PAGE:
0

I was playing with bag table a bit:

30> W = ets:new(w, [bag]).
#Ref<0.616284823.3413770252.143386>
31> ets:insert(W, [{1, a}, {2, a}, {1, b}, {2, b}, {a}, {b}]).
true
32> ets:tab2list(W).
[{1,a},{1,b},{b},{a},{2,a},{2,b}]

I totally don't understand how does the ordering work here. Why are the smallest tuples in the middle? How are they greater than {1,_} but smaller than {2,_}?


EDIT: the results in the example come from OTP21

2

According to the docs for ets:lookup/2:

The time order of object insertions is preserved.

That means that when two tuples with the same key are inserted, their ordering is determined by the time of insertion. I don't know if that also holds true for ets:tab2list/1. In any case, that is the ONLY guarantee. And, your results seem to behave consistently with that ONE guarantee.

I looked at the source code for ets:tab2list/1, and it calls ets:first/1--not ets:lookup/2. The docs for ets:first/1 say:

For an ordered_set table, the first key in Erlang term order is returned. For other table types, the first key according to the internal order of the table is returned.

Because the order of the returned keys from an ordered_set is mentioned, but the order of the returned keys from a bag is said to be "according to the internal order of the table", I don't think you can count on ets:first/1 to return the keys in ANY order. Therefore, you must treat the list returned by tab2list/1 as unordered.

And, straight from rvirding himself:

With a set, bag or duplicate_bag the order in which you get the keys is internal. This irrespective of whether you use match, select or first and next. I was referring to the ordering of elements of one key in a bag or duplicate_bag returned when doing a lookup, match or select [where the time order of object insertions is preserved; the first object inserted with the specified key is the first in the resulting list, and so on.]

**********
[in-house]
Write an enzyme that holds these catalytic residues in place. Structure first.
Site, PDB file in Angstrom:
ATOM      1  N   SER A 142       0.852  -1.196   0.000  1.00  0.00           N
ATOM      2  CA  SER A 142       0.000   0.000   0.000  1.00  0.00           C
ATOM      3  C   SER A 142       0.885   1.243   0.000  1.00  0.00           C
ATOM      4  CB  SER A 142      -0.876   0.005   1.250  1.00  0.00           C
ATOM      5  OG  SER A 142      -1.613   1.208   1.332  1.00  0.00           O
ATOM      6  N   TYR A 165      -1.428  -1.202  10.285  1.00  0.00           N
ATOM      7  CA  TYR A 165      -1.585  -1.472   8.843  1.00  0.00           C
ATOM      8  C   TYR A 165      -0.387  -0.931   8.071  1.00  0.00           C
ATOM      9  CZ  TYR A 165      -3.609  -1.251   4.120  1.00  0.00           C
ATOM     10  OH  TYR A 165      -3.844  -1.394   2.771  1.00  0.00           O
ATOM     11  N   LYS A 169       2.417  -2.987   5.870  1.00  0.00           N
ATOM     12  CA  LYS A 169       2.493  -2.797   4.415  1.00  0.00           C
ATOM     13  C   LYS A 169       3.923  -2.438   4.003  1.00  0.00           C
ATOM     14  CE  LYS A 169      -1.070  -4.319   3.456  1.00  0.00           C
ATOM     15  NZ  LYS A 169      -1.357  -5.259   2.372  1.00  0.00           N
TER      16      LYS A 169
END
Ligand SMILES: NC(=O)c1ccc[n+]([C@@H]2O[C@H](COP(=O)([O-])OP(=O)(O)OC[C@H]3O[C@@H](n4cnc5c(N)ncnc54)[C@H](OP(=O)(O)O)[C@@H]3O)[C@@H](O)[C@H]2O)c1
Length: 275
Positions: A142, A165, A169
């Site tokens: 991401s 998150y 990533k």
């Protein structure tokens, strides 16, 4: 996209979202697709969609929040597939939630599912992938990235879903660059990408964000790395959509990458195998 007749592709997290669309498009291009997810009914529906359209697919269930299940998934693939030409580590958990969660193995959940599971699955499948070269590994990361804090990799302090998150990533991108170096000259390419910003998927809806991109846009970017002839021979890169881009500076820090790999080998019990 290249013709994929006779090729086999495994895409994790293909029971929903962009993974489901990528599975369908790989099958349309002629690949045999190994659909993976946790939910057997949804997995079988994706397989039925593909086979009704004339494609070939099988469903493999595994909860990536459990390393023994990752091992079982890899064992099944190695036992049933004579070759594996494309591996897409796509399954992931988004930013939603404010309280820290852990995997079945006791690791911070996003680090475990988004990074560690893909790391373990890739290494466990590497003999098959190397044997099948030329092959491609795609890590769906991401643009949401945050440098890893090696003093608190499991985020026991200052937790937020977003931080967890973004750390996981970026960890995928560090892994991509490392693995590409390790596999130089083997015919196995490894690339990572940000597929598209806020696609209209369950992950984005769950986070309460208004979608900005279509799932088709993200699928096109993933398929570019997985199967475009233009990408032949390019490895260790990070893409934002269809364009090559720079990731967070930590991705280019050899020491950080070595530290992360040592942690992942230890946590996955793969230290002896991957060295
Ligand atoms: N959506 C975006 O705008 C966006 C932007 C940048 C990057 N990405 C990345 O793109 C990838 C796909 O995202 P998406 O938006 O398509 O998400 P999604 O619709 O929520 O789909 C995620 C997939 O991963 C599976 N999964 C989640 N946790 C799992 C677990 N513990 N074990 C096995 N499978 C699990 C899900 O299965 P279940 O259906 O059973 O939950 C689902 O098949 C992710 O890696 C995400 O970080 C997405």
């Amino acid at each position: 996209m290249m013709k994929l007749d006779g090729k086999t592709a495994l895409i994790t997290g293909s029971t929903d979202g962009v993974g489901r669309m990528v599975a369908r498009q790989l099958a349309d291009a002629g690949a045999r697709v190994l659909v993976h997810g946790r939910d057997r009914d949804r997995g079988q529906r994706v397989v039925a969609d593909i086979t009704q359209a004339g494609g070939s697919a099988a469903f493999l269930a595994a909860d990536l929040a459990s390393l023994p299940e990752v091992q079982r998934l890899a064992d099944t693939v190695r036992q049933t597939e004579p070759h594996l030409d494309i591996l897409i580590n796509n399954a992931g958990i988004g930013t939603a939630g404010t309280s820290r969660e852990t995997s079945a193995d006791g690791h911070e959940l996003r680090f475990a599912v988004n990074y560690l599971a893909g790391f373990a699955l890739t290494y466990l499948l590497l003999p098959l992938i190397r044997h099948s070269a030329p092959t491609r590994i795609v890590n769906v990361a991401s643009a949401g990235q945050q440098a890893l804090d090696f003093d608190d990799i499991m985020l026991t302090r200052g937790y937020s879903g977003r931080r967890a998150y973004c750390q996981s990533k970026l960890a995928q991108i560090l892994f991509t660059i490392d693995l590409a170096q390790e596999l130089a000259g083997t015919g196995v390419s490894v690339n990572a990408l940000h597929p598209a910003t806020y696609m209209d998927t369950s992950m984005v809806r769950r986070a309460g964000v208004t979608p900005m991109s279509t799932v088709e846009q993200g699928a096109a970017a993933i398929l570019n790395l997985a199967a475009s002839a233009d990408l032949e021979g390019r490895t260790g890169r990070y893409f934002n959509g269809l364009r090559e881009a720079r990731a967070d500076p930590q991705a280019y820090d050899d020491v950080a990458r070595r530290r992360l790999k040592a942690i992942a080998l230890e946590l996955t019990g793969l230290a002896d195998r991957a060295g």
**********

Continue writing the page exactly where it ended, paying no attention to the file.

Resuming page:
[Otherwise,] the internal ordering of keys is not defined and you can never depend on it because as you say it can change between releases. Except of course for type ordered_set where the ordering is defined.

https://elixirforum.com/t/retrieval-in-ets/10413/2

1

Why do you expect any order in the returned list, especially when you define the table as a "bag". There is no assumption about the order of the returned list in the documentation.

By the way, I copy/paste your commands in my erlang shell, and I got a different result: [{1,b},{1,a},{b},{a},{2,b},{2,a}]. No conclusion, maybe you didn't copy/paste all the commands and results but edit/modify some of them, maybe the result depends on the ets library version, maybe it depends on the "realtime" conditions.

2
  • Indeed, tried on newer version of erl and got the same results as you. The example from the question comes from OTP21, which I didn't expect to make any difference – radrow Feb 22 at 18:00
  • So there is a good chance that it depends on the library version. There are many operations that are not described: do they store the records in serial or parallel, what is the internal representation of ETS, How do they build the list (using first and next?)... – Pascal Feb 22 at 18:17

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